Returning to Atlanta and helping to grow the company, I took over day-to-day leadership as CEO, in 2009. In 2012, we sold Wilkins Media Company and the digital place-based media agency that I started in 2008, ‘n2’, to a group of private investors. I stayed on for a short time with the owners, then left to help another start-up in our space. That was even shorter lived and they let me go late in 2013. I had been kicking around the idea of starting another outdoor specialist company for a couple of months leading up to them letting me go, but honestly, I didn’t have the courage to make the jump on my own. Them letting me go, was one of the biggest blessings I have ever received. I hit the ground running that afternoon, secured my domain, set up my email, called clients I had been working with, and began working on all the things one does when starting a new company. That was December of 2013 and I haven’t looked back since.
BB: The new company, Agency672?
DW: Yes. Agency672 started out as a traditional out-of-home specialist. We helped clients plan and buy outdoor more efficiently and cost effectively. In 2014, my company started helping a new non-profit called PVBLIC Foundation. PVBLIC was created to help non-profits use media to amplify their message and create social change. The foundation was started by Sergio Fernandez de Cordova, an OOH industry vet who was the co-founder of Fuel Outdoor. Our company helped the foundation access unsold OOH media space for the non-profits they worked with. By 2015, I was the executive director of PVBLIC and running Agency672. I am still not entirely sure how exactly that happened, but it was serendipitous in that PVBLIC works within all media, not just OOH, and it allowed me to expand my experience. That experience made it possible for me to expand Agency672’s service offerings beyond out-of-home. We now have full service capabilities, but focus primarily on digital display/online, mobile and out-of-home.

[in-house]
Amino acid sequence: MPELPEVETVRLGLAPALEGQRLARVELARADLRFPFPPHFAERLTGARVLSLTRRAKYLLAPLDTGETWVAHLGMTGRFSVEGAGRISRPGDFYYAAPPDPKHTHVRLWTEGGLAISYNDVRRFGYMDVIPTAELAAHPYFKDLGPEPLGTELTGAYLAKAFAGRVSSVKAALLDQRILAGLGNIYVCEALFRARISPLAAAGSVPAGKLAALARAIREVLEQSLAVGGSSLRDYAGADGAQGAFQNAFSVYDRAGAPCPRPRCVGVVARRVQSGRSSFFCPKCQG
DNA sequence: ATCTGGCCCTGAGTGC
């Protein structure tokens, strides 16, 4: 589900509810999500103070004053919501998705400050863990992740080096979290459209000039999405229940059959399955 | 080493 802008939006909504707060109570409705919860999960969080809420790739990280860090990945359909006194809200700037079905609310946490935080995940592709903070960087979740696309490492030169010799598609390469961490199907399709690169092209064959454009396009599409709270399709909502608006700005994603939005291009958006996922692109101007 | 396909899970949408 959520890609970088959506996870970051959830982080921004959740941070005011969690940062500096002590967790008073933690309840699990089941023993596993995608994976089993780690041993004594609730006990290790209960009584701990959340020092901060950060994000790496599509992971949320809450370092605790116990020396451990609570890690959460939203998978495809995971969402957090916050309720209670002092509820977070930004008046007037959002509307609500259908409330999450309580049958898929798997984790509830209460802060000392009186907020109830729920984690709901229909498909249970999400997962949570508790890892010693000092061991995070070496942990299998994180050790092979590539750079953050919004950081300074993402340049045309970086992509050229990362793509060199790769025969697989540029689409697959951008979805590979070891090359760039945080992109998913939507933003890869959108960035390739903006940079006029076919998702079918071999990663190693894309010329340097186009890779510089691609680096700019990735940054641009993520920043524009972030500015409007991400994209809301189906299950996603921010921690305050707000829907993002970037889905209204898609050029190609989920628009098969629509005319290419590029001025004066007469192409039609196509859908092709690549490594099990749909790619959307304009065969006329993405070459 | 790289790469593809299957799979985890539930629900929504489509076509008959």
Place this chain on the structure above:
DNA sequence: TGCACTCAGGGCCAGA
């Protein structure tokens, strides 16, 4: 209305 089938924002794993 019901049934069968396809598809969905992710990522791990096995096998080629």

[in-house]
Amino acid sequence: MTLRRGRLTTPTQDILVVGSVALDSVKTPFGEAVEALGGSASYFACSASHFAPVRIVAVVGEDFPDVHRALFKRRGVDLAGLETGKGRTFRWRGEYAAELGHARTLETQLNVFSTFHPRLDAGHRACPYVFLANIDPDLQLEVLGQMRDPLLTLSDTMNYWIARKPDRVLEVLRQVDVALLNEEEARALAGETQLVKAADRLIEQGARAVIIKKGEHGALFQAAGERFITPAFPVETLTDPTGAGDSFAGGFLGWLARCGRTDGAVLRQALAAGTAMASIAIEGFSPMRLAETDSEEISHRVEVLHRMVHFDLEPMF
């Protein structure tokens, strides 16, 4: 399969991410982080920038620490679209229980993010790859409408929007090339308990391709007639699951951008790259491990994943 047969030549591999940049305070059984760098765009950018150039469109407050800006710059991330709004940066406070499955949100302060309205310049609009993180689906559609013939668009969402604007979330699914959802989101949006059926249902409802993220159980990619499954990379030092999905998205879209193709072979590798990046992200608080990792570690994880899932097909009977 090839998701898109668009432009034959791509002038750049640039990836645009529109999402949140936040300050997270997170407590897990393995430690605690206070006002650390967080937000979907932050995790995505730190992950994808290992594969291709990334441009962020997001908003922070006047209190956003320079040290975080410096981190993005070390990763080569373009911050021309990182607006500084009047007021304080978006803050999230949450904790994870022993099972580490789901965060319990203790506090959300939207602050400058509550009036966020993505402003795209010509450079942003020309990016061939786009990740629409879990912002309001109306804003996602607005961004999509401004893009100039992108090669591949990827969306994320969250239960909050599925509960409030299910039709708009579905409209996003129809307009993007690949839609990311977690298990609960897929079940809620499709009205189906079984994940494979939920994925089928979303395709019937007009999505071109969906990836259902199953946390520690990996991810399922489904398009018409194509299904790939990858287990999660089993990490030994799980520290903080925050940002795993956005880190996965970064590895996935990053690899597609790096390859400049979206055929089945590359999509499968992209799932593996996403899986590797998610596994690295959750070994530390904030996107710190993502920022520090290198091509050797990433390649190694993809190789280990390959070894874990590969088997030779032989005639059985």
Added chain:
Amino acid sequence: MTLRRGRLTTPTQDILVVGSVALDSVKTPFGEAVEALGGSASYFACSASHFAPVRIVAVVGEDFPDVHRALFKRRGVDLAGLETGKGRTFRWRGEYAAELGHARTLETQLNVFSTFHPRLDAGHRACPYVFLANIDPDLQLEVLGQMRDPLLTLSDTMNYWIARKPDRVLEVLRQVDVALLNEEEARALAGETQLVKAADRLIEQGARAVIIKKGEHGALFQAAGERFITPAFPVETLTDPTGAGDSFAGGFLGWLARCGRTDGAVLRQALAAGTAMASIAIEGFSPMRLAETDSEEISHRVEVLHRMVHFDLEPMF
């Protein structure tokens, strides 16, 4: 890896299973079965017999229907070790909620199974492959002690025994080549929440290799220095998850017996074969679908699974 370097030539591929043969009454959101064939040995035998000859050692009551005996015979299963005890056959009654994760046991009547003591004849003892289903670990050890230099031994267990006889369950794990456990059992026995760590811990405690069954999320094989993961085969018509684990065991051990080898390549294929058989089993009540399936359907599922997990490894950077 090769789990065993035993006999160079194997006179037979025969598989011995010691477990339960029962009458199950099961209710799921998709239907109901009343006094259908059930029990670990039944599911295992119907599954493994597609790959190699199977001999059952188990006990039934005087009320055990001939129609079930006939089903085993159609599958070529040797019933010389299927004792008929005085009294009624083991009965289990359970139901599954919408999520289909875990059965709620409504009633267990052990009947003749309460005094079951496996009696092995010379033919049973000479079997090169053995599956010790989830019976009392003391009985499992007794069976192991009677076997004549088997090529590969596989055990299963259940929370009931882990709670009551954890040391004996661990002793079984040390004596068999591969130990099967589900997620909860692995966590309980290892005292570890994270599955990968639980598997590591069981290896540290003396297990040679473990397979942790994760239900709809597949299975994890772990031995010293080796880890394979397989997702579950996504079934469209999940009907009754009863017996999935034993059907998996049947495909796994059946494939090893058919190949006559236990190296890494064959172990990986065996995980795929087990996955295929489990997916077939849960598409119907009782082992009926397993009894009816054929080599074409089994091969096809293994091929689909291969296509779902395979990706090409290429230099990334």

BB: How do you see the future of Outdoor Advertising?
DW: I think the outdoor industry is uniquely positioned to compliment and amplify what clients are doing online. Mobile makes this possible and has brought outdoor into the direct response conversation, where in the past, outdoor had a very difficult time in this area. In addition, the data collected by advertisers through their online marketing efforts can be used to make their outdoor buys smarter and more targeted, while leveraging outdoor’s comparatively low CPM. That same technology is also allowing the outdoor industry to be more precise about measuring its audiences and the performance of outdoor campaigns. We have found success in this area and I find it disheartening at times to see the outdoor industry choose to attack digital media (real vs. fake impressions), instead of talking about how outdoor can have an amplifying effect on a client’s digital campaigns.
We (the outdoor industry) need to remember digital (online), on its worse day, can still provide an advertiser with more valuable metrics, relative to sales conversions and ROI, than outdoor can on its best.
We would be better served talking about how OOH can boost the area where clients are increasing their media investment faster than in any other media segment (desktop and mobile), then we can in trying to argue why those increases and investments are not ideal.
Until our metrics and ability to prove ROI meets or exceeds those of online and mobile, we lose that argument 99.9 times out of 100. That said, I love that technology enhances and improves OOH in so many different areas, where technology caused problems, to be kind, to other media formats. In general, I am extremely optimistic about the direction we are headed.